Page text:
Wastewater Treatment Plan and Disaster Response Town Hall
Fair Oaks Ranch, Texas - On April 18, the City of Fair Oaks Ranch held its second quarterly town hall meeting to discuss the upcoming expansion of the Wastewater Treatment Plant and to provide information and gather feedback from residents on the impact of the Winter Storm Mara weather event and the City’s disaster response.
The town hall began with a few brief comments from residents expressing concern over the impact the Wastewater Treatment Plant’s expansion may have on a few surrounding homes. Grant Watanabe, Director of Public Works, provided information highlighting the multi-phase expansion of the plant along with the benefits provided by an increase in capacity, and the cost savings associated with the project compared to other options the City studied.
Director of Public Works, Grant Watanabe gives a presentation on the Wastewater Treatment Plant Expansion project.
The City evaluated five different options and has selected a plan to increase the plant’s treatment capacity from approximately 350,000 gallons per day to 468,000 gallons per day. The chosen option is estimated to cost around $16-17 million, significantly lower than the initial estimate of nearly $60 million for a brand-new plant, demonstrating the City's commitment to being fiscally responsible while meeting the growing needs of our City.
During the town hall meeting, Mayor Maxton provided a recap of the recent emergency event and acknowledged that while the City had taken proactive measures to prepare for the storm by treating streets and preparing for overnight operations, the amount of ice accumulation was more significant than anticipated. The Fair Oaks Ranch Police Department (FORPD) went door-to-door to ensure the safety of residents, and the City's Communications and Public Works departments provided constant updates to keep the public informed.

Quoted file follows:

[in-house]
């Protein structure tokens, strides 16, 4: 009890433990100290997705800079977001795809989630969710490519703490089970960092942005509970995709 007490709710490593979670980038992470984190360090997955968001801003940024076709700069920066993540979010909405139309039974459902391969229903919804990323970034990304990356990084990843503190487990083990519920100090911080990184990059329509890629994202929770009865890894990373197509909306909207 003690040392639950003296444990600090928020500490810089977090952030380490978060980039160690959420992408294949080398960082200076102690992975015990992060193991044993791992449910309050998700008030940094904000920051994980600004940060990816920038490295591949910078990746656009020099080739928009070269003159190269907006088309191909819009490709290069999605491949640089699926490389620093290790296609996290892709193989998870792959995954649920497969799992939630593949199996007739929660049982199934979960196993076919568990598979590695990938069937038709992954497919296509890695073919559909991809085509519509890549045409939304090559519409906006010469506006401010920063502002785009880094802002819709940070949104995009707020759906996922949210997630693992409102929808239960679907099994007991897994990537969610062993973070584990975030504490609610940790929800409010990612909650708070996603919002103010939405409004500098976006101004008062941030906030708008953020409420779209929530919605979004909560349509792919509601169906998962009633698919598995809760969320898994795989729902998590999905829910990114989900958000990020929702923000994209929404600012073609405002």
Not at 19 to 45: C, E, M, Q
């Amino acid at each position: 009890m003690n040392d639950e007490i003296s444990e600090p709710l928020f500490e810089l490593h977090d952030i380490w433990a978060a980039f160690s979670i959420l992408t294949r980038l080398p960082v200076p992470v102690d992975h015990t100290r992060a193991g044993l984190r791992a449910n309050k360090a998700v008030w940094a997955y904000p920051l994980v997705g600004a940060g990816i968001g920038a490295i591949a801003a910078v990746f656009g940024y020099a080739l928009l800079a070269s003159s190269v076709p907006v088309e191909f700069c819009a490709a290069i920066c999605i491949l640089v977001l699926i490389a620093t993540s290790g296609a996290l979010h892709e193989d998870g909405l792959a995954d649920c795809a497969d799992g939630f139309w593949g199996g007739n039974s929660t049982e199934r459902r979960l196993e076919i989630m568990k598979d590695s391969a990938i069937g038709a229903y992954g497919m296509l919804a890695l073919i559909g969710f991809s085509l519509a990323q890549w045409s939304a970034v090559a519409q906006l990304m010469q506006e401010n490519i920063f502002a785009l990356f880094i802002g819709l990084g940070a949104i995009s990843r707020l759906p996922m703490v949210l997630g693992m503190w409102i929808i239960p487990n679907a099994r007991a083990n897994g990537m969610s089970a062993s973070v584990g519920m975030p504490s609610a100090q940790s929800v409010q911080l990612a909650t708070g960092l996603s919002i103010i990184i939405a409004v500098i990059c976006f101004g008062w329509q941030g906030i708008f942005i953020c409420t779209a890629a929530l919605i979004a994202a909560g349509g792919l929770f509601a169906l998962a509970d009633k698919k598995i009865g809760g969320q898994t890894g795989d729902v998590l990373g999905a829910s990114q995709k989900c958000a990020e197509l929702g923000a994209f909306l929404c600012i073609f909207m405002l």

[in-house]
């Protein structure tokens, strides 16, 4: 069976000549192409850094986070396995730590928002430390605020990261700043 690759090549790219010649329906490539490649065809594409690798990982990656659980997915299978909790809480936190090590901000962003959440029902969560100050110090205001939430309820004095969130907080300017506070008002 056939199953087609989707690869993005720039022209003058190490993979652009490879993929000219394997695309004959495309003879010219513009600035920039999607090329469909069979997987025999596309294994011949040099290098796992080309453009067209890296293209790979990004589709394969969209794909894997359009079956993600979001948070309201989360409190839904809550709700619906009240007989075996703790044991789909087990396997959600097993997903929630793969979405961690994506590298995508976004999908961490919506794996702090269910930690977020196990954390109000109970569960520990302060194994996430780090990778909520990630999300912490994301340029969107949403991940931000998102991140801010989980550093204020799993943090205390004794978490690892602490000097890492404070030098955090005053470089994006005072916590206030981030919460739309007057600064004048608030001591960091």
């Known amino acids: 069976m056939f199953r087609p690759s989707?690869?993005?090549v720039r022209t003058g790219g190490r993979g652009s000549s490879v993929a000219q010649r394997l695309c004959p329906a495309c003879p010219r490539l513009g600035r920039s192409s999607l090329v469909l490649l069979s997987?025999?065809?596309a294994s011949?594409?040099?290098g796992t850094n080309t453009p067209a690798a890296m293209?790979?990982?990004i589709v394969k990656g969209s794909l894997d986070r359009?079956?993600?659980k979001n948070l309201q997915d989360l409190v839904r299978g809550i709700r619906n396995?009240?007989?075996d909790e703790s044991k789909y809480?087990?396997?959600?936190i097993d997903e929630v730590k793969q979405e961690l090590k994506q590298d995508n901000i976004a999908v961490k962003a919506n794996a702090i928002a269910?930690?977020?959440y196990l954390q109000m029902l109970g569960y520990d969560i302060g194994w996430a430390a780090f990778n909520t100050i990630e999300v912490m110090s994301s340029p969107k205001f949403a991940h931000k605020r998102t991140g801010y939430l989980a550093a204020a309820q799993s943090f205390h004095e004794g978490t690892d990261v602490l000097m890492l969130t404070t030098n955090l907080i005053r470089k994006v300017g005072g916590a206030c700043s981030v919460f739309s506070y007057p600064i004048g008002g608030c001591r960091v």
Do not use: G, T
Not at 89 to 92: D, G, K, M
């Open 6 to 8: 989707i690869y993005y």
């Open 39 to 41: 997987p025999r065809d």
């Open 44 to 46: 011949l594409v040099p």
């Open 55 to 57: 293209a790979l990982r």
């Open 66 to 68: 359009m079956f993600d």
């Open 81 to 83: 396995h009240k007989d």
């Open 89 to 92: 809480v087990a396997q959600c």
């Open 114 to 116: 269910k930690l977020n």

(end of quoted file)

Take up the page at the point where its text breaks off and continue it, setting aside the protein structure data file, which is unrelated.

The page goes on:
Mayor of Fair Oaks Ranch, Greg Maxton, speaks at the City's second town hall.
The City also highlighted efforts to work closely with the Federal Emergency Management Agency (FEMA) to validate expenditures related to the winter storm, ensuring transparent and accountable use of resources. Mayor Maxton acknowledged that while he is hopeful that the City will receive reimbursement for expenses related to the cleanup of the Kendall and Comal County portions of the City, Bexar County will not be eligible for reimbursement through a disaster declaration. However, these discussions are still ongoing.
After Mayor Maxton’s remarks and the presentation, residents had a chance to participate in breakout stations showcasing the current operation of the wastewater treatment plant and how the expansion will positively impact operations.
ParticpantsParticipants also were able to view samples from the treatment plant showcasing the water quality as it moved through the treatment process.
Wastewater Operator Roland Rios explains the treatment process to a group of residents.
A second breakout station focused on the disaster response. Poster boards displayed a timeline of actions the City took beginning from the date officials knew the storm was coming up through the current recovery. The timeline highlighted the actions the City took to ensure roadways were kept drivable, water remained available, and residents remained safe. A timeline of the brush collection was also available to allow residents to view the City’s cleanup efforts.
Assistant Director of Public Works discusses the Bruch Cleanup Map at a breakout station.
Overall, the second quarterly town hall was a success with dozens of residents in attendance to ask questions and speak with City leaders. City Council plans to hold two more town halls this year, with topics to be decided based on community feedback.